Carbon Dioxide in Atmosphere Reaches New High Despite Pandemic, Scripps Reports

Atmospheric carbon dioxide measured at NOAA’s Mauna Loa Observatory peaked for 2021 in May at a monthly average of 419 parts per million, the highest level since accurate measurements began 63 years ago, Scripps Institution of Oceanography in San Diego reported Monday.

Scripps scientist Charles David Keeling initiated on-site measurements of carbon dioxide atop the volcano on the Big Island of Hawaii in 1958. NOAA began measurements in 1974, and the two research institutions have made complementary, independent observations ever since.

Tensions Rise Over Red Hill Bay in Part III of Hearing

Tensions grew in a series of back-and-forth exchanges between attorneys for the Imperial County Air Pollution Control District and the Imperial Irrigation District regarding the Red Hill Bay project site during a third day of hearings over an air-pollution violation order against the district.

A hearing board met Friday, Feb. 19, for the third part of its hearing to discuss a petition from Air Pollution Control Officer Matt Dessert for an order for abatement against the district for violations of air district rules and regulations. An order for abatement is an enforcement action that requires an owner or operator who is out of compliance to take specific action to get back into compliance with air district rules.

County Supervisors Declare Public Health Crisis in Tijuana River Valley

The San Diego County Board of Supervisors unanimously voted Tuesday to declare pollution at the Tijuana River Valley a public health crisis.

Supervisor Nora Vargas said the action is needed because of the decades-long contamination of River Valley, which has resulted in environmental and health damage. According to the county, the region has long suffered from poor air quality, sewage leaks, waste from industrial plants, tire waste, plastic pollution, sediment, and trash.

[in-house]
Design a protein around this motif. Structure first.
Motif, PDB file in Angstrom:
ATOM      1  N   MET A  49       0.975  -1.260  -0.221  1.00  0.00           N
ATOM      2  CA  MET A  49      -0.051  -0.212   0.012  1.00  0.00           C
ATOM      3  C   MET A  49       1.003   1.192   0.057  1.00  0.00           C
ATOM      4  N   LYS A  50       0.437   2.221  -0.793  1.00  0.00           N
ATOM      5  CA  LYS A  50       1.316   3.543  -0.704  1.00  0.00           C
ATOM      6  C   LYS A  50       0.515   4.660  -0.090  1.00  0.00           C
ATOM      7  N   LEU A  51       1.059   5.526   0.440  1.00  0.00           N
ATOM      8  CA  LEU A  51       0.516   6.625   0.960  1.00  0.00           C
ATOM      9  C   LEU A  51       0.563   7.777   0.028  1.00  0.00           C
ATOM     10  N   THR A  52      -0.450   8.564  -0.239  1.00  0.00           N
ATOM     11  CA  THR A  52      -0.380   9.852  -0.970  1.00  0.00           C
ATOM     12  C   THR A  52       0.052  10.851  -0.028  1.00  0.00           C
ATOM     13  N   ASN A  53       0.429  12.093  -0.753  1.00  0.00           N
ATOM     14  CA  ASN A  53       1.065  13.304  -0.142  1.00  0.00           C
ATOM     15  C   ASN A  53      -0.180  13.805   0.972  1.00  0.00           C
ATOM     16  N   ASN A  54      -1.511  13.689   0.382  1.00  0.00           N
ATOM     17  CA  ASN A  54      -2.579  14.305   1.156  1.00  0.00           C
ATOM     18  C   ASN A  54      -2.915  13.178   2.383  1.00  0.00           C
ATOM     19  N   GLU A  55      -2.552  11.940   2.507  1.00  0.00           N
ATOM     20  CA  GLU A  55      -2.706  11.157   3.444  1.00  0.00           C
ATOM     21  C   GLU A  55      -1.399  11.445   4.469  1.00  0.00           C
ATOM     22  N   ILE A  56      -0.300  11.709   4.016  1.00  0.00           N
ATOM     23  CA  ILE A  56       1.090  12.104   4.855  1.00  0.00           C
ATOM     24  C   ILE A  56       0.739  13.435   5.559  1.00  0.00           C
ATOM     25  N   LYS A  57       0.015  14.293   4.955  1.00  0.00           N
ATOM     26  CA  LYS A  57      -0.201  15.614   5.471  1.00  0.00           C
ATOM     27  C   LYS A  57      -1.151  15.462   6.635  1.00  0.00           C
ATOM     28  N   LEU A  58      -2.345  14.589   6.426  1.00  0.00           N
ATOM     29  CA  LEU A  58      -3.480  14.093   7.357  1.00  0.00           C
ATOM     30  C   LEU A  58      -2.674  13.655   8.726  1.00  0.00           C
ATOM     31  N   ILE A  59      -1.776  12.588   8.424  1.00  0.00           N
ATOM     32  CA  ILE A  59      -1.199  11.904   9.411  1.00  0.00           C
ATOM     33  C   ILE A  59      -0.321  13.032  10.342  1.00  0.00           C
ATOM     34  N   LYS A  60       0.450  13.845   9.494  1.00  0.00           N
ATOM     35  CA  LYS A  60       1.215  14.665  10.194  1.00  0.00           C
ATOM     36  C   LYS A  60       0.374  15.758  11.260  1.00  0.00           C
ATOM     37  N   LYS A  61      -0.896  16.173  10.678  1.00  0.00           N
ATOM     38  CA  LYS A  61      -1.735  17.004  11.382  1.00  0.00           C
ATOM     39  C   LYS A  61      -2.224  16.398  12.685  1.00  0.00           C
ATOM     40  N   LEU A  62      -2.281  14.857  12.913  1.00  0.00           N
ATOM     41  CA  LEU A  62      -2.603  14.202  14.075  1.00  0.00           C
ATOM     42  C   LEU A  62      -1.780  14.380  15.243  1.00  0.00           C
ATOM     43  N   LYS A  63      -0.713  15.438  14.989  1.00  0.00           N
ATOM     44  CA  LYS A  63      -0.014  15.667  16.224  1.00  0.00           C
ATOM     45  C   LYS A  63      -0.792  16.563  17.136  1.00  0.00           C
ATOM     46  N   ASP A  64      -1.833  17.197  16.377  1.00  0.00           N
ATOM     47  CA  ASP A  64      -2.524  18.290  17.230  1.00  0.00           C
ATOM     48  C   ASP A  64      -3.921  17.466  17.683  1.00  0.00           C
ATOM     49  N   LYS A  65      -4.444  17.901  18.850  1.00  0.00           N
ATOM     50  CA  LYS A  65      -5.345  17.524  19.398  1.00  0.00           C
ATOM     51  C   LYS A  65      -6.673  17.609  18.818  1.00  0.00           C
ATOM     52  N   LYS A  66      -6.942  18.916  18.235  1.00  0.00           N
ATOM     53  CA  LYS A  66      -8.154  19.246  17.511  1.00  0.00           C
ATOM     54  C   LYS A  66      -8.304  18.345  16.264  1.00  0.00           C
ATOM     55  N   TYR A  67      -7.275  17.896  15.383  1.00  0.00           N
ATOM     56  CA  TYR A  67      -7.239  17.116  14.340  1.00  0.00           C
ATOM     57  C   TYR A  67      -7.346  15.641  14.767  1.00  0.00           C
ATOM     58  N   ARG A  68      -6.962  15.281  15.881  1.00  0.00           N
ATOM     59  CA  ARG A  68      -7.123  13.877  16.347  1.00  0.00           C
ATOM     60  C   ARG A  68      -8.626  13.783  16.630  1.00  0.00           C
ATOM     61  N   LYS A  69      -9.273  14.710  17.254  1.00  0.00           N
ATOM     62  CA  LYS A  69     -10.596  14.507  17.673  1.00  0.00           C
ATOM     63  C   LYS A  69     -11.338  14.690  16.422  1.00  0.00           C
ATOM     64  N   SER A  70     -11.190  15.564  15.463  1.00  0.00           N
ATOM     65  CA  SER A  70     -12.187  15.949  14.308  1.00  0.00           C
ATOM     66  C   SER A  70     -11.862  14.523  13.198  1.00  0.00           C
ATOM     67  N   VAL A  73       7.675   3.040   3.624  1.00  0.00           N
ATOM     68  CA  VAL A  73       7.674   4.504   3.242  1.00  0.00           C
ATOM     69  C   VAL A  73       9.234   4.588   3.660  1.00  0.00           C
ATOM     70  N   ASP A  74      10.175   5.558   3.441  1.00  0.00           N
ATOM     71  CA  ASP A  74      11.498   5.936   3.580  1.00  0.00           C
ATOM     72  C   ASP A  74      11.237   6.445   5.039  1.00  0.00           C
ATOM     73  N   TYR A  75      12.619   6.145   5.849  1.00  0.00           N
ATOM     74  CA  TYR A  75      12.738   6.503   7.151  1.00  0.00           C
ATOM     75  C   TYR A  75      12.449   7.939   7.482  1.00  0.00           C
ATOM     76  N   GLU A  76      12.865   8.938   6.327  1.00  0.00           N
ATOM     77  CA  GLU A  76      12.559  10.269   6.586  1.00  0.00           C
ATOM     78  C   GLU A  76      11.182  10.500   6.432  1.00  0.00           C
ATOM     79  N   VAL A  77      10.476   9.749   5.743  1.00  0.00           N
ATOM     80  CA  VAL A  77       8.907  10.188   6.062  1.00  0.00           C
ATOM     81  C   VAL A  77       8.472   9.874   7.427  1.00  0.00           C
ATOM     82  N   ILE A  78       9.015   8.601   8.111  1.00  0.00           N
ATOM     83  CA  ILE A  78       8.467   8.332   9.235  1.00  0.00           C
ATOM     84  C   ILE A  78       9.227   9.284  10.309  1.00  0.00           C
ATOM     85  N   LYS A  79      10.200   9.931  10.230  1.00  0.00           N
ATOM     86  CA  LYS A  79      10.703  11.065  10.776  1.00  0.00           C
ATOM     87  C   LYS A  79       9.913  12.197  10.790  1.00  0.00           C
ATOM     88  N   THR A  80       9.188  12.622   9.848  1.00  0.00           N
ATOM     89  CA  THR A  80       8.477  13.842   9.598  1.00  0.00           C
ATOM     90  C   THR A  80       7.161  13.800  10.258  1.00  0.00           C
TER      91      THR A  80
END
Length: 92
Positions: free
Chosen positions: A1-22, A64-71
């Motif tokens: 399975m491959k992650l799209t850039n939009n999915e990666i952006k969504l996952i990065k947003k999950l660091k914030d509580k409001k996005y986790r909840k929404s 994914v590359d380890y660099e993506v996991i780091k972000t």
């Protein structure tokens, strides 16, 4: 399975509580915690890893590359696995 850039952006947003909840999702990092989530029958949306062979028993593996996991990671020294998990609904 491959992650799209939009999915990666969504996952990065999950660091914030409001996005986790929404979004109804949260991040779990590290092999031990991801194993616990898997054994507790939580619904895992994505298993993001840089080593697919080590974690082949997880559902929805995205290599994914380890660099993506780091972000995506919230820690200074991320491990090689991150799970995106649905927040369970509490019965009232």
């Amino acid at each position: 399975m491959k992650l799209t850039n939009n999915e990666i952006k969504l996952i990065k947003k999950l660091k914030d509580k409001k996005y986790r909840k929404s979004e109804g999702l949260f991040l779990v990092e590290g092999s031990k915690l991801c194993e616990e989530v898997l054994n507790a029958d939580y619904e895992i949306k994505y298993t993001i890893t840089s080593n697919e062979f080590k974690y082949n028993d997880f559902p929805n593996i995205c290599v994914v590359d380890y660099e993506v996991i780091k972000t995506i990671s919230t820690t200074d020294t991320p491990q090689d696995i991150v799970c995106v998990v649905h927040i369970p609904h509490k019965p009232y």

Tired of Waiting on Salton Sea Fixes, Desert Shores Residents Take a Stand

These days, the house where Donna and John Winters planned to retire in the Southern California desert reflects in a stagnant pool of blood red water, their dream home becoming something of a nightmare.

Trump Signs Spending Bill That Could Send Millions of Dollars to the Salton Sea

President Donald Trump on Sunday signed a roughly $900 billion stimulus package meant to tackle both COVID-19 relief as well as federal spending. Tucked in the 5,593-page-long law, courtesy of Southern California Democrats, are provisions that hold the potential to unlock millions of dollars of new federal spending to address the Salton Sea.

The bill notably modifies the Water Resources Development Act by authorizing the U.S. Army Corps of Engineers to expedite a study on the feasibility of constructing a perimeter lake around the Salton Sea. It’s one of the large-scale plans floated to address the lake’s woes, and this move could speed up the process.

The law also includes more than $150 million for the Army Corps to carry out such studies on water issues at the Salton Sea and elsewhere.

Will California Finally Fulfill its Promise to Fix the Salton Sea?

Red flags flutter outside the schools in Salton City, California, when the air quality is dangerous. Dust billows across the desert, blanketing playgrounds and baseball diamonds, the swirling grit canceling recess and forcing students indoors. Visibility is so poor you can’t see down the block. Those days worry Miriam Juarez the most.

ICAPCD Issues Notices of Violation to Protect Public Health

The Imperial County Air Pollution Control District issued Notices of Violation to California Department of Water Resources, California Natural Resources Agency, and United States Fish and Wildlife Service for failure to implement adequate dust control on the Salton Sea playa on the Species Conservation Habitat project site near Westmorland, California.

In addition, as landowners of the project site, the Imperial Irrigation District and United States Bureau of Land Management were also issued NOVs, according to a press release.

Calif. Democrats Decry Federal Inaction in Congress’ First Hearing on Salton Sea in 23 years

In a congressional hearing Thursday that starkly illuminated partisan divides, California Democrats called on the federal government to provide greater assistance in remedying environmental and public health crises at the Salton Sea. All but one GOP members were absent, and the one who did attend criticized the organizers for holding the hearing.

Opinion: A Greater Sense of Urgency Needed for Crises at the Salton Sea

The Salton Sea presents one of California’s most pressing ecological and environmental justice crises. The shrinking sea threatens habitat for millions of fish and birds, and as the sea’s shoreline recedes, a pollutant-laced dust spills into nearby communities and threatens the health of 650,000 people living nearby.

Extraordinary Heat, Rare Summer Snow Brought Unprecedented West Coast Firestorms

The West Coast had just experienced a record-shattering heat wave when news came last week of a rare late-summer snowstorm in Colorado. To those still sweltering in California, Oregon and Washington, it sounded like a dream come true. In fact, it was an omen of a greater disaster to come.